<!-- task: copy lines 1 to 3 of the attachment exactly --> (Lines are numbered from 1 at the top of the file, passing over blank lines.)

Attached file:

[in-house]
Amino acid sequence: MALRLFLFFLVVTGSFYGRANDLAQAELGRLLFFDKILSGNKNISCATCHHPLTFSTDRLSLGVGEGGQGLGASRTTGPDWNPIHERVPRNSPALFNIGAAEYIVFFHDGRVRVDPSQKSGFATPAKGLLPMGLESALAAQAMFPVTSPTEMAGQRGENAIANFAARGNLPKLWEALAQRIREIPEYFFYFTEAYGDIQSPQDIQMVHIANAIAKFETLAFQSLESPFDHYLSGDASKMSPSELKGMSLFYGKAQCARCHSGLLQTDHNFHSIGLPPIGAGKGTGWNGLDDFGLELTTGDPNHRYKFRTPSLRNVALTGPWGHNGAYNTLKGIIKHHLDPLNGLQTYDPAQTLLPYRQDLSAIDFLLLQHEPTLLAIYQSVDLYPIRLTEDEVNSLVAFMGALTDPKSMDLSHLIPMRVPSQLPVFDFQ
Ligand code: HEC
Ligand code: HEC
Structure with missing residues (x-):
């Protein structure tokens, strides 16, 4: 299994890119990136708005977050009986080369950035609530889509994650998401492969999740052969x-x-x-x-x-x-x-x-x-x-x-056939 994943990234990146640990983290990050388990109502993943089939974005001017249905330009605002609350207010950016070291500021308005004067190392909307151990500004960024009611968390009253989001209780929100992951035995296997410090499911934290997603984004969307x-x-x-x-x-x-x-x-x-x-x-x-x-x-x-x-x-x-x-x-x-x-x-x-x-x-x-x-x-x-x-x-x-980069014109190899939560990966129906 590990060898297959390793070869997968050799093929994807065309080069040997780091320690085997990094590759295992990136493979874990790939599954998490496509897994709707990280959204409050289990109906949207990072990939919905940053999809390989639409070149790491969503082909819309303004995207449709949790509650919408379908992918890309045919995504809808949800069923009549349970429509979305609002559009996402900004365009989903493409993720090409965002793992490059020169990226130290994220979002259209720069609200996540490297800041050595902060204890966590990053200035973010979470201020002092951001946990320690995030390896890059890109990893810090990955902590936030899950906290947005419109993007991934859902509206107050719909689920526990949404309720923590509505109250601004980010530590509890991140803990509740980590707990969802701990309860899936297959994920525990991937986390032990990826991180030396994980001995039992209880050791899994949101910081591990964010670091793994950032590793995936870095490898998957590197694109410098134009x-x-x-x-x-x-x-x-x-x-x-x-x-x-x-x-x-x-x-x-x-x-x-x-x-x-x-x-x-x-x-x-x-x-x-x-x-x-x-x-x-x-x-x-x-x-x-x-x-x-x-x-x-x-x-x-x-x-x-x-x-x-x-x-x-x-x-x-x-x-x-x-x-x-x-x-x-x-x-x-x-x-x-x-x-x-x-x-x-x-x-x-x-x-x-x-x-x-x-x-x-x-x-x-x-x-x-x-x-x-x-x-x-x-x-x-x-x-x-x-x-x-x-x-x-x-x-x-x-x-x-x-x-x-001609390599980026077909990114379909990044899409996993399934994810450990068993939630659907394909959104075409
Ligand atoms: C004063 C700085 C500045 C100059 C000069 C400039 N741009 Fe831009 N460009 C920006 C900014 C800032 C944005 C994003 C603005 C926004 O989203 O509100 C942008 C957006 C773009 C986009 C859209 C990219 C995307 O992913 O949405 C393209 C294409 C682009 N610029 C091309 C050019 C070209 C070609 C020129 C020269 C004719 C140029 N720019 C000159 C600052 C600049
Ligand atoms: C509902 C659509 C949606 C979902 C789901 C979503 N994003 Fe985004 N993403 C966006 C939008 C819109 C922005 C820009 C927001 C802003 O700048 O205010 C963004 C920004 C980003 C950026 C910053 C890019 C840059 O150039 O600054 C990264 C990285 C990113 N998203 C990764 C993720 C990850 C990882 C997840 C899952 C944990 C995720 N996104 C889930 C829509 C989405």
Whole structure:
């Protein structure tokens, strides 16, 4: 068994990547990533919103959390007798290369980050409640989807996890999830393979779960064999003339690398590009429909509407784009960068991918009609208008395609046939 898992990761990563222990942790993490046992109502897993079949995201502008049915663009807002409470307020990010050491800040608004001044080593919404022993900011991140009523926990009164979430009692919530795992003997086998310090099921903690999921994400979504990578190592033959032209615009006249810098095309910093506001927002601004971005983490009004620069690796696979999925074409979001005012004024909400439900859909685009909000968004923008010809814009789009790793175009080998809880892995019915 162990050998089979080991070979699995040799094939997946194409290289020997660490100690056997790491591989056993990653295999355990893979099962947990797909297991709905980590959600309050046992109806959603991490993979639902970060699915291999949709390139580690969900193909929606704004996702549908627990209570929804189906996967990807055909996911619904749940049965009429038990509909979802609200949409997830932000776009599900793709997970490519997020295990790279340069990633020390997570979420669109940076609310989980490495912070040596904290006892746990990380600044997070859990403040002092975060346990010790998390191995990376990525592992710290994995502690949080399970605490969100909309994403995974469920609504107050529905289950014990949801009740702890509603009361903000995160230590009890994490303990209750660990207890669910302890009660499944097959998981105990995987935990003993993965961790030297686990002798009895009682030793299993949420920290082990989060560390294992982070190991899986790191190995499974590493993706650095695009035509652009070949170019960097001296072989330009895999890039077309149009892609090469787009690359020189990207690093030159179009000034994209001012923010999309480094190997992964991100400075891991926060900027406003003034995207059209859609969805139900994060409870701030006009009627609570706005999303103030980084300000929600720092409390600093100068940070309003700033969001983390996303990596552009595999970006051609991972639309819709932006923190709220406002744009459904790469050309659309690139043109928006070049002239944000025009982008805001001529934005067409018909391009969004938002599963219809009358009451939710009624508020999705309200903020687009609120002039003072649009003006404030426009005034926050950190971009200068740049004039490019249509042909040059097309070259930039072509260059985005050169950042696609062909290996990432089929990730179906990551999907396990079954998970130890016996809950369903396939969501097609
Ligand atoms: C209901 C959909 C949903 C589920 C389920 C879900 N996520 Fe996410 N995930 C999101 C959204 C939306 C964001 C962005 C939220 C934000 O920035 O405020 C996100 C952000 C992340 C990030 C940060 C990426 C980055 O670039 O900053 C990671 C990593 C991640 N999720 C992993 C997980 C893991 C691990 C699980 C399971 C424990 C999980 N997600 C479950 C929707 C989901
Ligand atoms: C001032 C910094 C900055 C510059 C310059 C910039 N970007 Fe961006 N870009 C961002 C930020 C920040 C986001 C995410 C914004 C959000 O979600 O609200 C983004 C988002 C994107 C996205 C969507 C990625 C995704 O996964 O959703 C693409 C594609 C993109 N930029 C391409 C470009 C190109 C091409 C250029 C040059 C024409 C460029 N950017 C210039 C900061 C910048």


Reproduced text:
[in-house]
Amino acid sequence: MALRLFLFFLVVTGSFYGRANDLAQAELGRLLFFDKILSGNKNISCATCHHPLTFSTDRLSLGVGEGGQGLGASRTTGPDWNPIHERVPRNSPALFNIGAAEYIVFFHDGRVRVDPSQKSGFATPAKGLLPMGLESALAAQAMFPVTSPTEMAGQRGENAIANFAARGNLPKLWEALAQRIREIPEYFFYFTEAYGDIQSPQDIQMVHIANAIAKFETLAFQSLESPFDHYLSGDASKMSPSELKGMSLFYGKAQCARCHSGLLQTDHNFHSIGLPPIGAGKGTGWNGLDDFGLELTTGDPNHRYKFRTPSLRNVALTGPWGHNGAYNTLKGIIKHHLDPLNGLQTYDPAQTLLPYRQDLSAIDFLLLQHEPTLLAIYQSVDLYPIRLTEDEVNSLVAFMGALTDPKSMDLSHLIPMRVPSQLPVFDFQ
Ligand code: HEC